Local executives were challenged Wednesday to keep in mind this year’s Hopkins County United Way campaign’s goal to “give more to help more” and to approach it with a “limitless” vision.
HCUW Chairman Chris Voorheese noted that Wednesday’s kickoff luncheon was designed to serve four purpose: extend gratitude to each executive officer of 15 businesses who contributed the most to the 2012-13 campaign; to thank them for their continued support; talk about United Way's origin and how that's still a driving force for today's fundraisers; and to share United Way officials' vision for HCUW.
Voorheese recalled something former Brookshire's Sulphur Springs store director Joey Shelton shared with him years ago: To be succesful you need to surround yourself with successful people.
He said that the people present were largely that for HCUW. He offered thanks to each CEO/company representative, to the HCUW Board and HCUW Budget and Allocations Committee. He also expressed thanks to Alliance Bank for sponsoring the lunch; Chad Young and The Lodge for hosting and sponsoring the lunch; and to GSC Enterprises Inc. for providing printed UW materials.
Voorheese said that the vision of United Way started in Denver, Colo, in 1887, with a diverse group of five church and community members — two ministers, a priest, a rabbi and a woman — who saw a need for a charity organization to coordinate fundraising efforts, with the funds to be passed on to different health and charitable organizations.
"United Way's vision is not just my vision. I re-iterate, it came from above. I don't imagine those five people when they got together had any idea what it would become. I believe they had servants' hearts … to help those in need,” Voorheese said.
Based on his research he believes that the group began out of the woman's mission to help others.
"She had a mission," Voorheese said of Frances Wisebart Jacobs, the woman who helped create United Way. "I believe God laid it on her heart, so then she went to the men. I believe this because I'm married. I know when a woman gets one thing on her mind and wants something, she will get it.
"I know that whenever women lead in good work, men will follow. I believe she had a calling. Heew we are 126 years later with United Way, which started in Denver and is a world wide ministry. In Hopkins County, we truly can see God's work in that. God started this ministry. It's the only way it could have started in Denver and spread to us and world-wide today."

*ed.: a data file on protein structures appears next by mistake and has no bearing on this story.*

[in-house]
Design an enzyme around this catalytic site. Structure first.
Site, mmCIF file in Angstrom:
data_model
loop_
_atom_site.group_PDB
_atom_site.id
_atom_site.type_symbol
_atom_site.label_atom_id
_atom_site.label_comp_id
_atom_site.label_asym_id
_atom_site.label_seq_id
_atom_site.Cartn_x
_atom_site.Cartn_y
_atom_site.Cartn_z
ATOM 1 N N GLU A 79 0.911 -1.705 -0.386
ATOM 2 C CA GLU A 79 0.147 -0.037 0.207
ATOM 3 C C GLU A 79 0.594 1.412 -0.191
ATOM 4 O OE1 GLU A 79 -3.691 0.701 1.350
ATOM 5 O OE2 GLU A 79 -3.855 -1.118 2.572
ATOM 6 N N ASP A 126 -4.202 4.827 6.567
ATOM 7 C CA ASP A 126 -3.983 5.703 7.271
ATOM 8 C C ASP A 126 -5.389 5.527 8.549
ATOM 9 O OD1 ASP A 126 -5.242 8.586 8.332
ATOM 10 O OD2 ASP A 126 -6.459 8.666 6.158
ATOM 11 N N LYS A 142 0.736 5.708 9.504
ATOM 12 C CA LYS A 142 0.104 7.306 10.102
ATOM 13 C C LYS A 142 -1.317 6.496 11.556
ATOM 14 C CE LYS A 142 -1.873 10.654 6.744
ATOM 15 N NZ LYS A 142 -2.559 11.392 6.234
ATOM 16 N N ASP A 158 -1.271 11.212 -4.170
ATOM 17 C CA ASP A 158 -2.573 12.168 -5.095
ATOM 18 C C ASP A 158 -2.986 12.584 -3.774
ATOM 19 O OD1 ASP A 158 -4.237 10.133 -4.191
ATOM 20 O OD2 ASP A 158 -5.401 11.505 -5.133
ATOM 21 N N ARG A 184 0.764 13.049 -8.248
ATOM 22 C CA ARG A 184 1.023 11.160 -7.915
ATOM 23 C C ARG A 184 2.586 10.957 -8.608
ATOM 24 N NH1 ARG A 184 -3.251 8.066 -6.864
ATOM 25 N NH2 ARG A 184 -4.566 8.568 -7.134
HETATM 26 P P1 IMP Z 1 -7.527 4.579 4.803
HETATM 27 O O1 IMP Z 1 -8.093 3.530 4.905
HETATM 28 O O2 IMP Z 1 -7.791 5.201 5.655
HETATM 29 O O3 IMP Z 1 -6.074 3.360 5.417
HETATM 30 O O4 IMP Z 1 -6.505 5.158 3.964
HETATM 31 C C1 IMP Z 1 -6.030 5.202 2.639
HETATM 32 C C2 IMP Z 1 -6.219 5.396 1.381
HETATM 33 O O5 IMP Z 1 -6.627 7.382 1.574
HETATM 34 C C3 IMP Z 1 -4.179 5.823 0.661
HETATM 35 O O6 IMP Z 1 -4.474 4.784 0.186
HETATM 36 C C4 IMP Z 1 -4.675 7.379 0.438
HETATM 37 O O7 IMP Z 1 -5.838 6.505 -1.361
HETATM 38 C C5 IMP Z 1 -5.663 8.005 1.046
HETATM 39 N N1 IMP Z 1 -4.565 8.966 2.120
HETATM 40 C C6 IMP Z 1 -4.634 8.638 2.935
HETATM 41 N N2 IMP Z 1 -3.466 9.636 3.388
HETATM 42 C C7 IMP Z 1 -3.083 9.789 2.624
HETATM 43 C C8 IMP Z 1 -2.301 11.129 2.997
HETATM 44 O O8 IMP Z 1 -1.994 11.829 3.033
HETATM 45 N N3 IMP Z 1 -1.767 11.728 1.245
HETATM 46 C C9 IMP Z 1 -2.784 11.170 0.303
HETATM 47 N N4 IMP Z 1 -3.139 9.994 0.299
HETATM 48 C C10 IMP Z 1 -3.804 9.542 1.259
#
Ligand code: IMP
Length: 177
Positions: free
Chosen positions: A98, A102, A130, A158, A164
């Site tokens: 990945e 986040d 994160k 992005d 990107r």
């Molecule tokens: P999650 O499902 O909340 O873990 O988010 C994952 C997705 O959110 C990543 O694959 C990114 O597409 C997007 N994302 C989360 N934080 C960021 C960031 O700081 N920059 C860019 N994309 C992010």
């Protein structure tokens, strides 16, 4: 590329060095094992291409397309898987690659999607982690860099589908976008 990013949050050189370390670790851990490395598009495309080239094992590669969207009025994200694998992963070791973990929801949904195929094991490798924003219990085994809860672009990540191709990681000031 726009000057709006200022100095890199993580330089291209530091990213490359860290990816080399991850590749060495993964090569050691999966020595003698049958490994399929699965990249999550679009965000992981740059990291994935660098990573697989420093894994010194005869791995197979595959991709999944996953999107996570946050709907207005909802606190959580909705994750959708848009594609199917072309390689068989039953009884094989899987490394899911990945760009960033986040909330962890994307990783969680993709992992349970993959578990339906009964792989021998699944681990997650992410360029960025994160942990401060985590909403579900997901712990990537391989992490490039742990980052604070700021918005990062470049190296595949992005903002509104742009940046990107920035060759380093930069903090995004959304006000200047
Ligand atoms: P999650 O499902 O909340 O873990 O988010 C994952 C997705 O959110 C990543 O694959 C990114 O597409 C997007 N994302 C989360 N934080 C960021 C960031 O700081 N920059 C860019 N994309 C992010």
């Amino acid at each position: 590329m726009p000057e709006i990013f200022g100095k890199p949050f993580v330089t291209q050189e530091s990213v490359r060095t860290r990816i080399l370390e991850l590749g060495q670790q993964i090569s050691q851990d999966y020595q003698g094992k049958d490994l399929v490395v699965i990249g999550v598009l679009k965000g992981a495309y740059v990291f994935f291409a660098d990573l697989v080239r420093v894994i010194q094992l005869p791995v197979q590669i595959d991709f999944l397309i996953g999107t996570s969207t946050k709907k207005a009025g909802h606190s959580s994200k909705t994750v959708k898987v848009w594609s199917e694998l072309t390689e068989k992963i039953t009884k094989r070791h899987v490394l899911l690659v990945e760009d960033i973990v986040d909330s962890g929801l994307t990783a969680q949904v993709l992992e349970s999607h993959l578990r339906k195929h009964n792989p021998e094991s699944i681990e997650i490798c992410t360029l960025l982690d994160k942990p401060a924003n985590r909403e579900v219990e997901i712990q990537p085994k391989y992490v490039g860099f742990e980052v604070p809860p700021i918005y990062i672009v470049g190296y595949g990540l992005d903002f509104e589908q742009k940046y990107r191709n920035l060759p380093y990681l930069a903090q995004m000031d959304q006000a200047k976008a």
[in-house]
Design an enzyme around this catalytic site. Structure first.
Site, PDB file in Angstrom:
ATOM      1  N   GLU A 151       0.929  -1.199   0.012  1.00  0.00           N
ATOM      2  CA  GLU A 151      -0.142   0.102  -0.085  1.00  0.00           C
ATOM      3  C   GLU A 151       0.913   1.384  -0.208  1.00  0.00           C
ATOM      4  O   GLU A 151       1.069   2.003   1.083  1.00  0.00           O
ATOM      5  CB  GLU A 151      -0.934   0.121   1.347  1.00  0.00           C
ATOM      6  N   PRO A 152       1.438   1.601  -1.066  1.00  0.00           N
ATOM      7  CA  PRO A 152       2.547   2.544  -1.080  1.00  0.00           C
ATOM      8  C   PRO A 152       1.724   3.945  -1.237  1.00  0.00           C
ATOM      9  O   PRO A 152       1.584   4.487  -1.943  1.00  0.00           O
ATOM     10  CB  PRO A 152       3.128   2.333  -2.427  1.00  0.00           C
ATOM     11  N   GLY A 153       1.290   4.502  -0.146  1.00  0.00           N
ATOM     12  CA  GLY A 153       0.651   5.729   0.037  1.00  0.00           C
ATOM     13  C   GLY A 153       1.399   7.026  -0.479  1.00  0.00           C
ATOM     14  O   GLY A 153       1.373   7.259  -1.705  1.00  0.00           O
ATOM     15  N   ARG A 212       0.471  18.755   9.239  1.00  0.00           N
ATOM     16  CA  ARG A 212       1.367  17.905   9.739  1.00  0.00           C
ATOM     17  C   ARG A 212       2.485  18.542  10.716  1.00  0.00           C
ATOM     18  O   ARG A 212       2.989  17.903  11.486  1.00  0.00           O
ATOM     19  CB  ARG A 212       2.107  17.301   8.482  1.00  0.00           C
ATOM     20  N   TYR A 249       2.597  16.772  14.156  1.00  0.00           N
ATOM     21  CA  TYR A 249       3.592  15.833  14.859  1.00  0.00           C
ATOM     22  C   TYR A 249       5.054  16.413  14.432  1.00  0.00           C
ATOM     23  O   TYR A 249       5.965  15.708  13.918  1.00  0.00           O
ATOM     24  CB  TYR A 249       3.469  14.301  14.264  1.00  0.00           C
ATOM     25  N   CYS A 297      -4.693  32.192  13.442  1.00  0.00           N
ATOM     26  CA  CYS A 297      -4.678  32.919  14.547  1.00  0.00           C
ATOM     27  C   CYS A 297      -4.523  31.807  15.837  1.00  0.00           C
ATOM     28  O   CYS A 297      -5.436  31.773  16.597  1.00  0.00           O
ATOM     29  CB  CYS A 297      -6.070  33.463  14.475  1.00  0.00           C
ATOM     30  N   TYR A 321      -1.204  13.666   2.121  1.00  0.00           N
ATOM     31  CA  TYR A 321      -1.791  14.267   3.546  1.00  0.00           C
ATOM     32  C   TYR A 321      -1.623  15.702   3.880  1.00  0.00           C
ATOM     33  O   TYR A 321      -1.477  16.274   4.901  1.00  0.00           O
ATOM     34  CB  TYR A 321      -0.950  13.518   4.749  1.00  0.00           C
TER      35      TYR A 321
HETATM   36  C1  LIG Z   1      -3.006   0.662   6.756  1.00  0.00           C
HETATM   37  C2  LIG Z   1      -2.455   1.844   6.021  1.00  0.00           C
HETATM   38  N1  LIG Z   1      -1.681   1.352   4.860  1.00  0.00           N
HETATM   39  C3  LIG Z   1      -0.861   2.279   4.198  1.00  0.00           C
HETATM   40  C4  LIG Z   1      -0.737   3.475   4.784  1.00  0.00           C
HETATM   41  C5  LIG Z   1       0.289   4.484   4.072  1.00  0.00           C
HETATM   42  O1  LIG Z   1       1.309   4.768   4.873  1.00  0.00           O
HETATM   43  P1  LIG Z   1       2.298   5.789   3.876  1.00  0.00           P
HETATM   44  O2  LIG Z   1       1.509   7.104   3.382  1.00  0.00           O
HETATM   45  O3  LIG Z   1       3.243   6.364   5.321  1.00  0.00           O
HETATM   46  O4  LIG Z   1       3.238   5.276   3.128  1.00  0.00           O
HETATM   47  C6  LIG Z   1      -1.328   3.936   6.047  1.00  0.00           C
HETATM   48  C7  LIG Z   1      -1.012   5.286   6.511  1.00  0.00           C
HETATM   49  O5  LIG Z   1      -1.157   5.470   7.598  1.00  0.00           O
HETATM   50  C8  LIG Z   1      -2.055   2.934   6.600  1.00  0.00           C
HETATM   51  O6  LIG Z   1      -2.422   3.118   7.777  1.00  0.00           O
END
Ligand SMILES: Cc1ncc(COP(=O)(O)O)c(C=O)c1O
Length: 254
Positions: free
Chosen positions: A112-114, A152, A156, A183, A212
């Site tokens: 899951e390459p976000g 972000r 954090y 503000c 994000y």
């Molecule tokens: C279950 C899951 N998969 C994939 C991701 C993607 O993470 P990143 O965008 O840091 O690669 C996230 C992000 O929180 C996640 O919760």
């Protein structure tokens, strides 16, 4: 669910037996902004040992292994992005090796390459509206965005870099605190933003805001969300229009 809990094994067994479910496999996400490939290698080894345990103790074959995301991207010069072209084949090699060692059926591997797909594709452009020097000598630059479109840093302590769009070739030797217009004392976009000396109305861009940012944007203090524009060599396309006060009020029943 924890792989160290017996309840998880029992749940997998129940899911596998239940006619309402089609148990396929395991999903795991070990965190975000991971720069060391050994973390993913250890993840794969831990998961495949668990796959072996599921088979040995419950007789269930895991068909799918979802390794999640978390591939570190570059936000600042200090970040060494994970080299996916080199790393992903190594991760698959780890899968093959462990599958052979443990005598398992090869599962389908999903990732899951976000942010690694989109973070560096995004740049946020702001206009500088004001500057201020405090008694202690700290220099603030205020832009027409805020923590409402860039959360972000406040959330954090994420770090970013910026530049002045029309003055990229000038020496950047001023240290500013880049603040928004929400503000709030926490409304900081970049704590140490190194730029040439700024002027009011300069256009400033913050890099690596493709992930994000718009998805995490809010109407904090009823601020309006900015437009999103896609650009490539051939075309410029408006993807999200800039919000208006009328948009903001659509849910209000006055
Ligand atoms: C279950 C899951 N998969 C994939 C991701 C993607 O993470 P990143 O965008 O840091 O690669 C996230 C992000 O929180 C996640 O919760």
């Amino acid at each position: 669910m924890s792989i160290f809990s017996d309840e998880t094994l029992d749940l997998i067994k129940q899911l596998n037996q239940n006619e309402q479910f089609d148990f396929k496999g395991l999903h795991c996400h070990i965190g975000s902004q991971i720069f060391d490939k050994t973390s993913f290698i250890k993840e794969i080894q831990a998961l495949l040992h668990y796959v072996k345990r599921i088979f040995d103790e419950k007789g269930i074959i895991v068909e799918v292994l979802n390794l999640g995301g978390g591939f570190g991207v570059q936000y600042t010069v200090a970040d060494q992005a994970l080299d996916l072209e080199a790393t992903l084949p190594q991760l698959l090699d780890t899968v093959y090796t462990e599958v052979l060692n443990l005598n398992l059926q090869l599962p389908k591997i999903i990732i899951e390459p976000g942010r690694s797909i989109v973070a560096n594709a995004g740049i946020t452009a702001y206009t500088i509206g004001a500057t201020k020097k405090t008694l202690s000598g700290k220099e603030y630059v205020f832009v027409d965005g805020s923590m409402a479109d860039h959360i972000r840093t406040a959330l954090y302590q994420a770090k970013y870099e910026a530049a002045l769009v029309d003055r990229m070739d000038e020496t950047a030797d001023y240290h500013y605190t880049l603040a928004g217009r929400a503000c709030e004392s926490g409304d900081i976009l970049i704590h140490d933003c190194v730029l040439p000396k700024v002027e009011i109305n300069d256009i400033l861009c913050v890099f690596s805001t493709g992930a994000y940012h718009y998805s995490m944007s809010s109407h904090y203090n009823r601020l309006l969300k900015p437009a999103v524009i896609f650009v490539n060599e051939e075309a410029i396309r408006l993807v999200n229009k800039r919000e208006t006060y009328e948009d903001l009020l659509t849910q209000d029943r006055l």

The first fund drive in Denver in 1888 raised $21,700. This year's goal for HCUW is set at $155,000, an increase for the first time since 2008 when John Sellers served as campaign chair. That's $5,000 more than in the last few years.
Dr. Joel Tiemeyer, keynote speaker, continued in that light, challenging those present at the luncheon to keep in mind Mark 9:23 and approach the HCUW ministry and campaign not by focusing on the $155,000 goal as, but as a ministry without limits.
"Don't look as this campaign a as a dollar figure, but who do we believe in? When we give it shows who we believe in to make Hopkins County great," said Tiemeyer.
He said that someone's belief in him helped him learn to live life outside limits that most people put on them. Although he grew up with limited resources, he attained a bachelor’s degree, then earned a master's and doctorate in theology. He started a church when others thought it folly. He achieved his goal not only of going to Brazil on a mission trip, but has visited 12 countries around the world for mission projects.
"All things are possible to those who believe in the mission God palpated in me, the potential in me," Tiemeyer said. "Every dollar raised teaches someone — I believe in you. When we break away from limits, we can accomplish things and change the world we live in. I challenge the companies and your people to be great by you leading by example. Aspire to greater change.
"I believe we live in the greatest county and city in the United States — that city on the hill whose light cannot be hidden. You as leaders, you can help rise to a greater Sulphur Springs, to meet the United Way goal. Rise to greatness, pull together, believe in someone and their potential," Tiemeyer said.
He reminded that 99 percent of the money given to HCUW stays in Hopkins County, "to make Hopkins County a better place to live."
The slogan for this year's campaign is "Give more to hope more." Tiemeyer and Voorheese challenged the CEOs and others present at the lunch to do that and follow this vision by asking "what can I do to help," encouraging their employees to give, continuing to educate people about HCUW, and encouraging those who are unable to make monetary donations to hep by become a HCUW worker.
"Please, lets take the vision with us and to God be the glory. We appreciate you coming. As a body of Christ we can get out here and take action. Let's do it," Voorheese said in closing.
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